Sleigh Beds - A popular choice for American homes
Traditional and modern designs
Sleigh beds are a staple of American bedroom furniture, particularly in the southern states, so it's surprising to learn that they're actually based on a French design.
The sleigh bed as we traditionally know it - crafted from beautiful wood with curved headboards and footboards - would be completely at home in Napoleonic-era France. However, sleigh beds have been part of American culture for a long time, and there are plenty of intriguing variations on the classic style.
Sleigh beds define the style of a room without much help from other furniture. A traditional cherry wood sleigh bed with antique-style carving will effortlessly give your bedroom a period feel. Ornate sideboards and rich brocade curtains will enhance the look, but they're really just the icing on the cake. For this reason, when you choose your sleigh bed, you need to think carefully about how you want the whole room to look.
Part of the reason sleigh beds have traditionally been more popular in the South is that they lend themselves well to Southern-style romance: billowing curtains, floral prints, mosquito netting and the inevitable rocking chair in the corner. But there's another, more practical reason for this regional variation in preferences: sleigh beds take up more space than most other types of bed. Statistics show that Southerners tend to have bigger bedrooms, whereas house-builders in the more populated North are likely to skimp a little on space. However, sleigh beds are becoming increasingly popular in northern cities, perhaps because it's now possible to buy compact, modern variations on the traditional style.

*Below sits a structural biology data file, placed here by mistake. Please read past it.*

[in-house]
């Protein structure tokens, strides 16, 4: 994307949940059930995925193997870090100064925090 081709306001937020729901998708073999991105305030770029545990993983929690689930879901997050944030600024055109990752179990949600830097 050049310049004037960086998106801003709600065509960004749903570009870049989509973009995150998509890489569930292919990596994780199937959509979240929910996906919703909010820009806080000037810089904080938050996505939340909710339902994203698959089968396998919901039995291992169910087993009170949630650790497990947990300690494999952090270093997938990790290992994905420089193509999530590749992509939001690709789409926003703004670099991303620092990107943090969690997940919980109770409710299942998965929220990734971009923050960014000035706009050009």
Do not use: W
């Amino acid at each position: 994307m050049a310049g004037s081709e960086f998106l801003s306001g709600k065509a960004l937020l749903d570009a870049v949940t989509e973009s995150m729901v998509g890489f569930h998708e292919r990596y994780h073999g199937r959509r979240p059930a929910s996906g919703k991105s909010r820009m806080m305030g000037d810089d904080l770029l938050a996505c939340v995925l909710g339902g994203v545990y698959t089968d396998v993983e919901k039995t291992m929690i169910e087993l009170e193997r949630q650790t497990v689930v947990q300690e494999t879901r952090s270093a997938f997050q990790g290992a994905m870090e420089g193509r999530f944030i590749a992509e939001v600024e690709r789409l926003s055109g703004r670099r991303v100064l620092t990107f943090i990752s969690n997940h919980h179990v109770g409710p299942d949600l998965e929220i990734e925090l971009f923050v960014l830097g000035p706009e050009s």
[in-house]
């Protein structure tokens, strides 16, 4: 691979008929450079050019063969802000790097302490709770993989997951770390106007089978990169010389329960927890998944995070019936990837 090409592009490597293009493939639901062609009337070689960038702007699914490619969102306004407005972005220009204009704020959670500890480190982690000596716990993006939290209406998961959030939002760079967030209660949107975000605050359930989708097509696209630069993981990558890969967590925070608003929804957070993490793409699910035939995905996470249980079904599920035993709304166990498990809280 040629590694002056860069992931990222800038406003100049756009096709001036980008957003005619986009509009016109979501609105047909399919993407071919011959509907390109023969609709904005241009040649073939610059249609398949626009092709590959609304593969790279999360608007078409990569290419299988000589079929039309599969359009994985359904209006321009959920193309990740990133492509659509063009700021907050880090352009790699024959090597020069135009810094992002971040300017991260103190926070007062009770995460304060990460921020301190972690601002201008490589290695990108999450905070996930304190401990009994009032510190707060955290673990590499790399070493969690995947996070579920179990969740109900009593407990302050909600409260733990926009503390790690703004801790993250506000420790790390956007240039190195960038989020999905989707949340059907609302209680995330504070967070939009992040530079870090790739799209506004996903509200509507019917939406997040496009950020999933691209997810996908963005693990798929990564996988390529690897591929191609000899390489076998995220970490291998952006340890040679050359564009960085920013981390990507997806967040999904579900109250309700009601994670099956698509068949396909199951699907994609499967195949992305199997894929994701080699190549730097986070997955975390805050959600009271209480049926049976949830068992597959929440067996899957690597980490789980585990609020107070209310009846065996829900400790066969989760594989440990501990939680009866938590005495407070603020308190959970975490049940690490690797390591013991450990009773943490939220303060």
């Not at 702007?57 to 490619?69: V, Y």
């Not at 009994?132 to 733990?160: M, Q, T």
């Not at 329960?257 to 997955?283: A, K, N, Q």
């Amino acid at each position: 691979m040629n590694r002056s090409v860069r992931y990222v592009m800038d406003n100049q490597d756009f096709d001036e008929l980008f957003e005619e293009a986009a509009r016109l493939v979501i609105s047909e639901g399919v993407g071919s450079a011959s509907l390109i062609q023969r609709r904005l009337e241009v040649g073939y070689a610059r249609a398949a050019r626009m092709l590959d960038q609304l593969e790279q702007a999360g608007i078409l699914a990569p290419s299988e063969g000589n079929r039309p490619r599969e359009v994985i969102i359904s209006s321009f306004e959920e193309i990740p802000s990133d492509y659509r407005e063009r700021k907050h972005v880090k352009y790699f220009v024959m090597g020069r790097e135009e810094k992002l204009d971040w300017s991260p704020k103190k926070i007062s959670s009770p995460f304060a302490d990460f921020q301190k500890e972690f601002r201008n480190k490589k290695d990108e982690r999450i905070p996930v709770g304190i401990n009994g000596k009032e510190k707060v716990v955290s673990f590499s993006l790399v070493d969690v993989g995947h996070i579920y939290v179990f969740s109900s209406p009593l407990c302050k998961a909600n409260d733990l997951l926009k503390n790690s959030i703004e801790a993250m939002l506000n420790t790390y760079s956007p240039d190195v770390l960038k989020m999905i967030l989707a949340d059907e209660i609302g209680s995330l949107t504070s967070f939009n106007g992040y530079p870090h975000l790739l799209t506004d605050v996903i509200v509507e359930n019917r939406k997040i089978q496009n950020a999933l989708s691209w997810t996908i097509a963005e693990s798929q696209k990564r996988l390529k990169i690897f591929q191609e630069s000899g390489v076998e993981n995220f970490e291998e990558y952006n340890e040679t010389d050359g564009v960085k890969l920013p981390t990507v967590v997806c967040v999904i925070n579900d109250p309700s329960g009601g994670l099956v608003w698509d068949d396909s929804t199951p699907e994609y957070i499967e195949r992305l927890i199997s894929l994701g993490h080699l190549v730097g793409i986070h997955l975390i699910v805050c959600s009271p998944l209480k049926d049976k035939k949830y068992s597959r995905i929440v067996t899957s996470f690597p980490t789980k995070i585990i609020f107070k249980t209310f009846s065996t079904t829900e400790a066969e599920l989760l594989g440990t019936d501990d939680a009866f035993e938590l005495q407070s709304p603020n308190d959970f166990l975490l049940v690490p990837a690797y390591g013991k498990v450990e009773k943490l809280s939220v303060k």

Although sleigh beds are traditionally made of solid wood, plenty of modern variations incorporate metals such as iron and aluminum. The solidity of the scrolled footboard is replaced with metal bars. For example, Charles P Rogers, one of America's oldest manufacturing companies, now stocks hand-forged solid iron sleigh beds alongside more traditional beds in cherry wood and mahogany. Another contemporary variation on the sleigh bed style is to replace dark hardwoods with lighter materials, such as pine. But however modern a sleigh bed design is, it always retains its curves. If the shape of the headboard and footboard is straight, it's not a proper sleigh bed. Of course, this is great news if you want a modern-looking bedroom; when it comes to contemporary design, hard lines are out.
Of course, not all sleigh beds are fine examples of Southern Gothic or urban chic. On the contrary, there are plenty of sleigh beds that break all the style rules. Avoid any sleigh bed with a basket-weave bottom border. Basket-weave is too rustic for a contemporary bed, and too tweed for majestic Southern grandeur.
But the area in which sleigh beds really break the bounds of fashion is that of children's bedroom furniture...
For example, designers are fond of adding gilt touches to over-styled white sleigh beds for girls, before accessorizing with frilly white bed-linen. There have even been examples of white wrought-iron sleigh beds for children. Even the boys' beds tend to be white. It's hard to know what's worse - the fact that a frou-frou girl's bed can cost as much as a classy adult bed, or the fact that these fussy fashions are hugely popular among girls, so your daughter's probably already got her eye on one.